Autoimmune hemolytic anemia (AIHA)



Autoantibodies attack red blood cells at a faster rate than they can be replaced, leading to dangerously low red blood cell levels.

Common Symptoms

Paleness, fatigue, shortness of breath, rapid heartbeat, chills, dark urine, and backache.

Coexisting Diseases and Conditions

Systemic lupus erythematosus and chronic lymphocytic leukemia. When AIHA coexists with idiopathic thrombocytopenic purpura, it is called Evans syndrome.

Risk Factors and Prevalence

AIHA is twice as common in females as males, and the risk increases with age. AIHA can also occur after the use of certain drugs such as penicillin or following a bone marrow stem cell transplant. Viral infections such as Epstein-Barre and hepatitis have also caused AIHA.


  1. Article Sources
    1. Autoimmune Hemolytic Anemia – an overview | ScienceDirect Topics. (n.d.). Retrieved July 12, 2021, from

    2. Anemia, Hemolytic, Acquired Autoimmune. (n.d.). NORD (National Organization for Rare Disorders). Retrieved July 12, 2021, from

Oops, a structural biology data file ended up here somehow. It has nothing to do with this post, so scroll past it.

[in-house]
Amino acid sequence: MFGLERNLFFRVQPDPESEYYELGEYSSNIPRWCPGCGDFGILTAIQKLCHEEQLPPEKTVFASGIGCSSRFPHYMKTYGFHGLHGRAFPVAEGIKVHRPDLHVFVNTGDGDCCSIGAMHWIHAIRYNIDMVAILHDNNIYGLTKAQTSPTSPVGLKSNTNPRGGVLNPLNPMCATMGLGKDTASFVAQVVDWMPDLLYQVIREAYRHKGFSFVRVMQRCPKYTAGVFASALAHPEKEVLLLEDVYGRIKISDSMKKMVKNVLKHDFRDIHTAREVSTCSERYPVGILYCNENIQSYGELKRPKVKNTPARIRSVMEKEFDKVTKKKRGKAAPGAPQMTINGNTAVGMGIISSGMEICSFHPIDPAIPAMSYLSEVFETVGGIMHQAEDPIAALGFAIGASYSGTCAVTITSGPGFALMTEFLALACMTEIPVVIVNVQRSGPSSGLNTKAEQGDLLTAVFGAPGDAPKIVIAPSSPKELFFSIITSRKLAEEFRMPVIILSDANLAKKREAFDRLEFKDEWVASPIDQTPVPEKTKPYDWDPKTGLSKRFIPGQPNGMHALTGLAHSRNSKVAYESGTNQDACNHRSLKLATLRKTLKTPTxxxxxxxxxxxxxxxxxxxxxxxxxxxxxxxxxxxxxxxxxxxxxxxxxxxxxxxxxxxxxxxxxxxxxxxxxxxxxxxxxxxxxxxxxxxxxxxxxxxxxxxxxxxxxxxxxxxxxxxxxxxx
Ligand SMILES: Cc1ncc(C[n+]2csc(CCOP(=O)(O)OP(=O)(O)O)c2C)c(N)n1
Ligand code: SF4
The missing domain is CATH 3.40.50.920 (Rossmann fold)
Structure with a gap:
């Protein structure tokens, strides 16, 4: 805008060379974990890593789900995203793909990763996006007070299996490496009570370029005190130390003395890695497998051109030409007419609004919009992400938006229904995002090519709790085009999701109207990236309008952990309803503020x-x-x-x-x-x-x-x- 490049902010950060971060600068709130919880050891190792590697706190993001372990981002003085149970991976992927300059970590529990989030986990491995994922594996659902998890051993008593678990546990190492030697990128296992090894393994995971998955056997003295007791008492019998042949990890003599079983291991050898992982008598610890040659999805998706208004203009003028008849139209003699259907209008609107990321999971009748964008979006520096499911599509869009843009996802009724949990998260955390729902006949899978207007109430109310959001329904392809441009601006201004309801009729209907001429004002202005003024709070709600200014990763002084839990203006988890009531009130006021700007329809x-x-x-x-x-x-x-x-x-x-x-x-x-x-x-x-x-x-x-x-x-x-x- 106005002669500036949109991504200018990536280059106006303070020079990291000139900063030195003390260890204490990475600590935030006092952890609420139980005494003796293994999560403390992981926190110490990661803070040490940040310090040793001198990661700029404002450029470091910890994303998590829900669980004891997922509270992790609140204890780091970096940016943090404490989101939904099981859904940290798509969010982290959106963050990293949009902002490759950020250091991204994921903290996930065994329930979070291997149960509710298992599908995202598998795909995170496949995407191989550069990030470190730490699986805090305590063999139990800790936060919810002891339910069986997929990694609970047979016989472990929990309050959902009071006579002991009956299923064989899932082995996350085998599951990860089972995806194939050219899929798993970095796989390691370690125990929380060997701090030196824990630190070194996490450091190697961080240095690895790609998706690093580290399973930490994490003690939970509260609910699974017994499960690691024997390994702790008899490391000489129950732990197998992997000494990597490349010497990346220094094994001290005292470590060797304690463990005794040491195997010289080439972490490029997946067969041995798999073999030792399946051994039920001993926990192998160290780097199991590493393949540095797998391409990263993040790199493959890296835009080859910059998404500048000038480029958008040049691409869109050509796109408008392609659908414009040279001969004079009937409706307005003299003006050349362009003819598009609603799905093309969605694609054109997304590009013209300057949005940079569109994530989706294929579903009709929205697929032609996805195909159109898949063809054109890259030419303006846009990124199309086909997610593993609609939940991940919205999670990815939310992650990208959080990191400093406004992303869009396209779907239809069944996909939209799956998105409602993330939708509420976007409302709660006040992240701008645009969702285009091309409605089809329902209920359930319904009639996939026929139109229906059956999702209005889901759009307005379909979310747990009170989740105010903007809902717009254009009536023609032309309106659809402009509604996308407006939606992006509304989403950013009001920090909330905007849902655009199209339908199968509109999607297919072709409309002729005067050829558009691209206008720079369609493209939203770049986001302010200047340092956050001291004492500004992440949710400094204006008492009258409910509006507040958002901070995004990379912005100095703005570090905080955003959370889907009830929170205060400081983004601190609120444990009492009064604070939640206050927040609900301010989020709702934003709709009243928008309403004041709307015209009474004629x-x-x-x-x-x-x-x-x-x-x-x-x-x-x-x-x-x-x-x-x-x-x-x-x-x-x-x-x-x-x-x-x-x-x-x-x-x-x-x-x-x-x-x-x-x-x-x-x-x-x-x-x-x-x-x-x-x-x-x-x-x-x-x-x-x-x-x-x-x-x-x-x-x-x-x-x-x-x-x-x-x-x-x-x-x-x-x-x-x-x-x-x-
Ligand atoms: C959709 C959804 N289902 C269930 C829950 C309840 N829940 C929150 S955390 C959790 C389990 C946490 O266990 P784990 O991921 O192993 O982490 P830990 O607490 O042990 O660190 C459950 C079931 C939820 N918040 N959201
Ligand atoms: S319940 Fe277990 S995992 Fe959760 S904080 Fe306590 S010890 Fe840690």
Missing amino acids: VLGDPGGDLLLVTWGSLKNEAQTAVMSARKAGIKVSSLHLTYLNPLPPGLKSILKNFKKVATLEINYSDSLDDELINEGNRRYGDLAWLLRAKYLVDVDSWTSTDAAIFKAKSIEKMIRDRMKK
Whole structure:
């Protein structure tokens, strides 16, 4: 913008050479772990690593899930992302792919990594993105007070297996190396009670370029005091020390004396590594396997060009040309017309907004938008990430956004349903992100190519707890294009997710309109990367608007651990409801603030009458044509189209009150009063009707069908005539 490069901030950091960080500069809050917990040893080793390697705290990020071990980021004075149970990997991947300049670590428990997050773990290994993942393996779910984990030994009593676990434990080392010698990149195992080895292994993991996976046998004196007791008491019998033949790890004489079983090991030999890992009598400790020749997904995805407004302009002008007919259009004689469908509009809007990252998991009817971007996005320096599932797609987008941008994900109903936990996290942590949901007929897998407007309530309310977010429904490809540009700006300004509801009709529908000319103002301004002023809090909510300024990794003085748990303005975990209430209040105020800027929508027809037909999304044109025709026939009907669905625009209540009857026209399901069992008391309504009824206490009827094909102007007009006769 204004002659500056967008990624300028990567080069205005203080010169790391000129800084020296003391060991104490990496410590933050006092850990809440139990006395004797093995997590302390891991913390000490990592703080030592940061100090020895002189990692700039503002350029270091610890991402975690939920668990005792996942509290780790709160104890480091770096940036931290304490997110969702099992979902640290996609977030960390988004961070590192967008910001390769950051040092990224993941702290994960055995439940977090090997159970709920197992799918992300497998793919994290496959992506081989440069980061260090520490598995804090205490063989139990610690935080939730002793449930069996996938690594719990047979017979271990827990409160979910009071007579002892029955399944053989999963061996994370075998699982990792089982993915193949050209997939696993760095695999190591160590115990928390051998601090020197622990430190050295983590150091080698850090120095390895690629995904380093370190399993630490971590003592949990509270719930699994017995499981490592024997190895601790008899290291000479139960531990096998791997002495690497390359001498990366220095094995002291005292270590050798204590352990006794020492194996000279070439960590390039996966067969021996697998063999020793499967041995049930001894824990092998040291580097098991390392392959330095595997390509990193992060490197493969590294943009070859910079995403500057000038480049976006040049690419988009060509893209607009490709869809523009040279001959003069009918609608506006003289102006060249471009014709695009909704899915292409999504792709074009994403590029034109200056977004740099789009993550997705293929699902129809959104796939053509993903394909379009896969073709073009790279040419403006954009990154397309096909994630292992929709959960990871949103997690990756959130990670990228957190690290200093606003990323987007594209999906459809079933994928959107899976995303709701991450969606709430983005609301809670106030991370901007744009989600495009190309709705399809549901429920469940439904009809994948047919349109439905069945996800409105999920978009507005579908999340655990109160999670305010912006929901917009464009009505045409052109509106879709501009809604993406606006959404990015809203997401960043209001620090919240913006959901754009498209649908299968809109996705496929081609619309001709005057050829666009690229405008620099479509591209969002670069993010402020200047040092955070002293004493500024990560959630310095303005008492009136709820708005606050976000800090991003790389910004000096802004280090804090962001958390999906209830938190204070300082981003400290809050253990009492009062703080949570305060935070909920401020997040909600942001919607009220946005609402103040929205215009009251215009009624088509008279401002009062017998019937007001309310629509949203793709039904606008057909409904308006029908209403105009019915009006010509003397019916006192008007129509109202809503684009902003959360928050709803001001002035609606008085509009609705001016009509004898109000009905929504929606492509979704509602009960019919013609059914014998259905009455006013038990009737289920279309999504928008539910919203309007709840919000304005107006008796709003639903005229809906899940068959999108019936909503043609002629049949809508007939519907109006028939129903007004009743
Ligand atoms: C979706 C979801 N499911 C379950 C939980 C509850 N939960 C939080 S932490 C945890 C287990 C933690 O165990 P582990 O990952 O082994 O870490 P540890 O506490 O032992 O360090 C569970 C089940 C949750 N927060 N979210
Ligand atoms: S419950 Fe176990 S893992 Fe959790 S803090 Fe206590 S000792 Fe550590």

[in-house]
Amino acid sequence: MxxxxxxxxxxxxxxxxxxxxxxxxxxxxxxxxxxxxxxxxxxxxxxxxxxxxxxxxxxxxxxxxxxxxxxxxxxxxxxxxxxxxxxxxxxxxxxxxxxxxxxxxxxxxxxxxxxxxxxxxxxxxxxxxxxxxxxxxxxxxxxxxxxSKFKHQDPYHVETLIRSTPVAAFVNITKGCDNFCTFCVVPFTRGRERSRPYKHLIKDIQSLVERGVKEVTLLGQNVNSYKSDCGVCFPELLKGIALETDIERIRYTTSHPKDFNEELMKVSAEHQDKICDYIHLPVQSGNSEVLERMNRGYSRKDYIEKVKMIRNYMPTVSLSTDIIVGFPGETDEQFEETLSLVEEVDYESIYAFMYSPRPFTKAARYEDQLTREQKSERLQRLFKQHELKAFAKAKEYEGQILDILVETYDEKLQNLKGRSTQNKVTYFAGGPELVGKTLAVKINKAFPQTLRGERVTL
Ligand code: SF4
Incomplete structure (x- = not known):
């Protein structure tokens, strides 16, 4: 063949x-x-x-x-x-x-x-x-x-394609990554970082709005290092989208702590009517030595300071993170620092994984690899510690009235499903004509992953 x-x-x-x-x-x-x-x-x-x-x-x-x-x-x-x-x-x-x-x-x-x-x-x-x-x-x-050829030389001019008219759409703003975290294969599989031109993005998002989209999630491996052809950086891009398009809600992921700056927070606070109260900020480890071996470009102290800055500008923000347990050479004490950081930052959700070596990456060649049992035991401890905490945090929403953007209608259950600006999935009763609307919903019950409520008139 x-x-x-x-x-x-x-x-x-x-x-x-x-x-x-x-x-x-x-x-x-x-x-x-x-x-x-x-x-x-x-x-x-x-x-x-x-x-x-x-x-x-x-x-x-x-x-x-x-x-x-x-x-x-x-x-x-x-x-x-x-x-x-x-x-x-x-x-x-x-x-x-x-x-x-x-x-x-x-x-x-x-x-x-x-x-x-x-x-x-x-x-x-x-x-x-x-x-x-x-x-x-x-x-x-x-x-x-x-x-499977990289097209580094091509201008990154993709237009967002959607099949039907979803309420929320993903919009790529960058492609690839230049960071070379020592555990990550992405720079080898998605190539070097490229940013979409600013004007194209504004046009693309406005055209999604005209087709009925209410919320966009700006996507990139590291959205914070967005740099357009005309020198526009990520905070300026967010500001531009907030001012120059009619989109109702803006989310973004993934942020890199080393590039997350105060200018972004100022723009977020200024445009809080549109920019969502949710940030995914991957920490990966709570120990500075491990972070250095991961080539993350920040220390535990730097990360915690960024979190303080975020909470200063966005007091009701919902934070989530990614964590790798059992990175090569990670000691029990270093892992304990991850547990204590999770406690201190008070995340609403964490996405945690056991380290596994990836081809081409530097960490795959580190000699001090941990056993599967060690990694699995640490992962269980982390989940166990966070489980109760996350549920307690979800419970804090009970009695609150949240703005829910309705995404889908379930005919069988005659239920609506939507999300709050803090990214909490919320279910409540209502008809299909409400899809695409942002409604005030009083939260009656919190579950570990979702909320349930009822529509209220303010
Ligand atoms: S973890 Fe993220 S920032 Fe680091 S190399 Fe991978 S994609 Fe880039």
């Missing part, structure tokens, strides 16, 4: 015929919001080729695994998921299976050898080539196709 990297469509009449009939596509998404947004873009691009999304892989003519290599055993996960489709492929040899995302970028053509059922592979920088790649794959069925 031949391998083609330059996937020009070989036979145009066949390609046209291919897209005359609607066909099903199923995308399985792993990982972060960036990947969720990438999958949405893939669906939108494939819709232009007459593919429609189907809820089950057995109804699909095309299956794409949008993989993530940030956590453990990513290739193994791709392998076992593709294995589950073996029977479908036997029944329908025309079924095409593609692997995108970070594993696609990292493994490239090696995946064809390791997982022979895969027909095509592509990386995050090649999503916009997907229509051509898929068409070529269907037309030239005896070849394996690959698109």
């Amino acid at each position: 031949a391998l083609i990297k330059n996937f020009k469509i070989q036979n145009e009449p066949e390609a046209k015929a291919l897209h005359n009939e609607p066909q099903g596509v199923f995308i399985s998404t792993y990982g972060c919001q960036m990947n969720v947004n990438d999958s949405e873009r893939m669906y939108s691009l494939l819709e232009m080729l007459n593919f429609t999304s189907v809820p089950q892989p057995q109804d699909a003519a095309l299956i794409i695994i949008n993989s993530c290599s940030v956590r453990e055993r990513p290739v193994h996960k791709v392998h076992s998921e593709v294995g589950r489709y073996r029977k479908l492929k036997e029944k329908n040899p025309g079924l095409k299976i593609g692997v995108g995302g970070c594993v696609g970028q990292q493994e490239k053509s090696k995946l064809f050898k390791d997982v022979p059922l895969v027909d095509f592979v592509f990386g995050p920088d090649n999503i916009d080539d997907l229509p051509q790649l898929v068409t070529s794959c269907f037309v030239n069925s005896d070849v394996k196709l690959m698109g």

3. Garratty, G. (2009). Drug-induced immune hemolytic anemia. Hematology. American Society of Hematology. Education Program, 73–79.

    4. Hosoba, S., Jaye, D. L., Cohen, C., Roback, J. D., & Waller, E. K. (2015). Successful treatment of severe immune hemolytic anemia after allogeneic stem cell transplantation with bortezomib: Report of a case and review of literature. Transfusion, 55(2), 259–264.

    5. Michalak, S. S., Olewicz-Gawlik, A., Rupa-Matysek, J., Wolny-Rokicka, E., Nowakowska, E., & Gil, L. (2020). Autoimmune hemolytic anemia: Current knowledge and perspectives. Immunity & Ageing : I & A, 17, 38.